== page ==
Jim Cramer runs the charitable trust portfolio, Action Alerts PLUS, and writes daily market commentary for TheStreet's RealMoney premium service. He also participates in video segments on TheStreet TV and serves as host of CNBC's "Mad Money" television program.
Cramer graduated magna cum laude from Harvard College, where he was president of The Harvard Crimson. He worked as a journalist at the Tallahassee Democrat and the Los Angeles Herald Examiner, covering everything from sports to homicide before moving to New York to help start American Lawyer magazine. After a three-year stint, Cramer entered Harvard Law School and received his J.D. in 1984. Instead of practicing law, however, he joined Goldman Sachs, where he worked in sales and trading. In 1987, he left Goldman to start his own hedge fund. While he worked at his fund, Cramer helped start Smart Money for Dow Jones and then, in 1996, he founded TheStreet. In 2000, Cramer retired from active money management to embrace media full time, including radio and television.
Cramer is the author of Confessions of a Street Addict," "You Got Screwed," "Jim Cramer's Real Money," "Jim Cramer's Mad Money," "Jim Cramer's Stay Mad for Life," "Jim Cramer's Getting Back to Even" and, most recently,"Get Rich Carefully." He has written for Time magazine and New York magazine and has been featured on CBS' 60 Minutes, NBC's Nightly News with Brian Williams, Meet the Press, Today, The Tonight Show, Late Night and MSNBC's Morning Joe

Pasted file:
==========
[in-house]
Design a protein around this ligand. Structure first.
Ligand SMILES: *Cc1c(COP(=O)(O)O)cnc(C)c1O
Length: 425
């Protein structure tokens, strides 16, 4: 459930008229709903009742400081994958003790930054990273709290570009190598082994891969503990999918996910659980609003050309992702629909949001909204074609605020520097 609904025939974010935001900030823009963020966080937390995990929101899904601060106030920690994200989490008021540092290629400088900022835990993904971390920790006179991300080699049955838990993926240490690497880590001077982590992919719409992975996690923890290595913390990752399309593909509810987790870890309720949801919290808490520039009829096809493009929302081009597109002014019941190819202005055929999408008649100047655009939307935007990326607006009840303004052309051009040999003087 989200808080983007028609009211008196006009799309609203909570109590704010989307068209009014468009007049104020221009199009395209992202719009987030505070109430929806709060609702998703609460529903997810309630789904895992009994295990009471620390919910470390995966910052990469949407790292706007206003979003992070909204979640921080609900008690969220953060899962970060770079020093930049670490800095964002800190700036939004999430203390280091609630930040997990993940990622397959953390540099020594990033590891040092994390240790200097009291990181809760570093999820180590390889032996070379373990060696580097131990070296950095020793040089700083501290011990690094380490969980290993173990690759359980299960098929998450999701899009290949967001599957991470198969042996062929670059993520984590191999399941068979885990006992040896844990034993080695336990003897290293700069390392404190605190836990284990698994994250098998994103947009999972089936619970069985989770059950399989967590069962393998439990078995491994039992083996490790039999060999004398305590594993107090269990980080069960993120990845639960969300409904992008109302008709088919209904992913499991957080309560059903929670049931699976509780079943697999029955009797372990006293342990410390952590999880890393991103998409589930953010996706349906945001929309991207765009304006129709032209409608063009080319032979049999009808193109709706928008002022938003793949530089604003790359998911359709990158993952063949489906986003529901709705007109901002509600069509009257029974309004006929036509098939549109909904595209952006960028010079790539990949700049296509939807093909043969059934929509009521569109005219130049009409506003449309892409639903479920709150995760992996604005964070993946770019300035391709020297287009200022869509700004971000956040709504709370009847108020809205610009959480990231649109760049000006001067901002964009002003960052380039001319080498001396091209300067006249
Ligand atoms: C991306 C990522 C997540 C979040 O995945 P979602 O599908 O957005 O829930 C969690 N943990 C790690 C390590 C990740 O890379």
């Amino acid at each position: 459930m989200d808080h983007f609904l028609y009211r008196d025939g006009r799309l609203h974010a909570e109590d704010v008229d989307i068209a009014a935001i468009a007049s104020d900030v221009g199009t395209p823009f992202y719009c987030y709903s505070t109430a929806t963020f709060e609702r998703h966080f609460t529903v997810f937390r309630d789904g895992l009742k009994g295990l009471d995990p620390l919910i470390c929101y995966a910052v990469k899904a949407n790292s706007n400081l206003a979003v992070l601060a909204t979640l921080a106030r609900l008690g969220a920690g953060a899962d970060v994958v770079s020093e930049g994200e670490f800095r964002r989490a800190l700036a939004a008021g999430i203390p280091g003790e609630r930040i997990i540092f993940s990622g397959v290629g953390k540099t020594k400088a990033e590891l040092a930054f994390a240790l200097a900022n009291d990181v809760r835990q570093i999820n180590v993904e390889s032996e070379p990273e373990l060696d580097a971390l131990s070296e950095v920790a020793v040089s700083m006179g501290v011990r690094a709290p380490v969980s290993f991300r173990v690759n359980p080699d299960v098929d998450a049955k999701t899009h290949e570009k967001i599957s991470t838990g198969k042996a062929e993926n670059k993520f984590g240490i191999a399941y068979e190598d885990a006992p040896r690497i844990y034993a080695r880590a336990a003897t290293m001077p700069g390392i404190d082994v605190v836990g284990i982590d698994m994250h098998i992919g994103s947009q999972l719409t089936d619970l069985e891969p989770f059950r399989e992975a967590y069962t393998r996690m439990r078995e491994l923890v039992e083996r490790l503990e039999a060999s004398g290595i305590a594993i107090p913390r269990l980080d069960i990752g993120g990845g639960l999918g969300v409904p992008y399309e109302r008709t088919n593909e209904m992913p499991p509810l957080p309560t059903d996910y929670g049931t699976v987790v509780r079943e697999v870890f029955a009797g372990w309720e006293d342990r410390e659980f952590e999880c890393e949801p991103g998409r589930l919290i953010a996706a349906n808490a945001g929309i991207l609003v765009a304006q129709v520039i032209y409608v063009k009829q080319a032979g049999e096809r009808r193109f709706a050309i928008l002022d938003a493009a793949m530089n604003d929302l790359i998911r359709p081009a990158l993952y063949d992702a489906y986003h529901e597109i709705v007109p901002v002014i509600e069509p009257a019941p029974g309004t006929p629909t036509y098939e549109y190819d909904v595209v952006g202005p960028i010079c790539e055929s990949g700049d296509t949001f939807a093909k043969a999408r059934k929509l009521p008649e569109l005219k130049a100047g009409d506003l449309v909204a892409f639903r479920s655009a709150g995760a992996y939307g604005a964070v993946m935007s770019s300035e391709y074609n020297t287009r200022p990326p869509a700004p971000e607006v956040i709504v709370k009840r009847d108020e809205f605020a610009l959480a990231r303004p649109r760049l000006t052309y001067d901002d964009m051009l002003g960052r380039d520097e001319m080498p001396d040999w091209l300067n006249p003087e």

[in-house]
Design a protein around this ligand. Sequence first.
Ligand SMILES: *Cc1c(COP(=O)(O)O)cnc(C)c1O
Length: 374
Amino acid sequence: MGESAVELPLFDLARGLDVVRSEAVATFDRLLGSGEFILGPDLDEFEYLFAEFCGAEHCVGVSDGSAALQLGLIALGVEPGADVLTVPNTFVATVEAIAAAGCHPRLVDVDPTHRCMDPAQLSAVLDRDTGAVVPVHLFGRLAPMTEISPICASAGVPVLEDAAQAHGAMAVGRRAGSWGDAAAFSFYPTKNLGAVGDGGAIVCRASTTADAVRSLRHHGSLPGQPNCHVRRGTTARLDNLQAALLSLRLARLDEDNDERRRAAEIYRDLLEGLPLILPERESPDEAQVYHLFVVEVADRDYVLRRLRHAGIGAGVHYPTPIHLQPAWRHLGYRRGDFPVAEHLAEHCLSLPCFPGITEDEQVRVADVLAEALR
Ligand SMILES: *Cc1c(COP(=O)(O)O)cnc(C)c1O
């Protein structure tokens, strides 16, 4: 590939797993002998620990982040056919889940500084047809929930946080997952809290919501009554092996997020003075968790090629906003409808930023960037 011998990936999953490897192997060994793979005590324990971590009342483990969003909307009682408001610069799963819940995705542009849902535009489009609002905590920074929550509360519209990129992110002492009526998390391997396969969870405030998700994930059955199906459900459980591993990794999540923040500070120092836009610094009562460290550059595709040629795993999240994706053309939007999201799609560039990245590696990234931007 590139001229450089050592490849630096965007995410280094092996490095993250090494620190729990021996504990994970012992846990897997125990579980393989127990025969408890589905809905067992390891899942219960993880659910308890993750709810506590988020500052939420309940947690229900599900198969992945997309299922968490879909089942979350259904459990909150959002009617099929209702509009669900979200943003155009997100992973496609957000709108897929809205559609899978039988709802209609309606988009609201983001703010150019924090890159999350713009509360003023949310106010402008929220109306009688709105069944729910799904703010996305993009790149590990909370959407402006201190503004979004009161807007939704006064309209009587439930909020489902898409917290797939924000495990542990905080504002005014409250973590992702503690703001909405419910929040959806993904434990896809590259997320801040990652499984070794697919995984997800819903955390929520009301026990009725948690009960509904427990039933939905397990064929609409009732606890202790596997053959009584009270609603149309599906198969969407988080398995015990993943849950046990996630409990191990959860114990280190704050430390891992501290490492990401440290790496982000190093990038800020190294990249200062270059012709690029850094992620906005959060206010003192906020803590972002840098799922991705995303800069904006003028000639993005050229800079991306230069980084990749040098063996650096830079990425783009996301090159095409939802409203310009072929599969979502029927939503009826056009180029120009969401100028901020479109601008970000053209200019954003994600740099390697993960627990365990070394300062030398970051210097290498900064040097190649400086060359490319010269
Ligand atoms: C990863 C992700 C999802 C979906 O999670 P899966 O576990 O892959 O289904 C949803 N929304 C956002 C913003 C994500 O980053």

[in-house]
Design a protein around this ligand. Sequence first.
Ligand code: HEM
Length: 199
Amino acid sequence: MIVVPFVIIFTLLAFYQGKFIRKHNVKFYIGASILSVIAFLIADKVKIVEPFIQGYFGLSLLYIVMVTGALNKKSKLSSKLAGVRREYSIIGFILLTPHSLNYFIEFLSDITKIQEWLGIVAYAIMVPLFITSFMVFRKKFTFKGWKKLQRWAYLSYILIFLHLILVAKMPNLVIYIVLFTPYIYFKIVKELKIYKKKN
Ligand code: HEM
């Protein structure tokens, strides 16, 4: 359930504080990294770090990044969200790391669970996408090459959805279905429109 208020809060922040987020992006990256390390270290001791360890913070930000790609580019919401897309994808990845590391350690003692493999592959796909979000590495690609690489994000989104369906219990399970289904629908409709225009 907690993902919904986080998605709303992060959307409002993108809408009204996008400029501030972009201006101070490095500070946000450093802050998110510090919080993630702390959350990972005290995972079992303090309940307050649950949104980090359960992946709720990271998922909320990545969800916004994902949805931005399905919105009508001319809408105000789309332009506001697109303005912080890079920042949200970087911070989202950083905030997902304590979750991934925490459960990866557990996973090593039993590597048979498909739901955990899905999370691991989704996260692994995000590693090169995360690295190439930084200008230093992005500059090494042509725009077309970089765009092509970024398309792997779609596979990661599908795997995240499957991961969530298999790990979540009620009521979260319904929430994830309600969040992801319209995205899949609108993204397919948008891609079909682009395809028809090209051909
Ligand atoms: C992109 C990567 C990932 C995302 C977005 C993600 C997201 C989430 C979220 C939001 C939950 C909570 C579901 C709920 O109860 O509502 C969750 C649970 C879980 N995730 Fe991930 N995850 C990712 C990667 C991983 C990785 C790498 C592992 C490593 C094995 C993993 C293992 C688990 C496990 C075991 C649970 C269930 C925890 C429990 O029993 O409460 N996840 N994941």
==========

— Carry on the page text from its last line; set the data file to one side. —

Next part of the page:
Recent Articles By The Author
We have to take both the private sector and the states out of the equation, and adopt the process that wiped out Polio.
I think the enthusiasm of the indefatigable wave of these buyers is equal to or superior to the disdain the S&P mimicking pros have.
I just wish that people knew more about themselves and took the education necessary to understand what can wrong.
Until the $1200 payments in the spring, only a very small handful of people seemed interested in stocks. That changed it.
With these huge initial public offerings in Airbnb, DoorDash and Snowflake, we have to think about how much sense their valuations make; the logic behind them might surprise you.
I rolled up my sleeves to tamp the froth and slay the euphoria, and here's what I found instead.
The market seems to be screaming that people will return to traveling once the virus abates; I think so, too.
If you are in the stock market, if you want to make money, then you want exactly this scenario that's unfolding right now.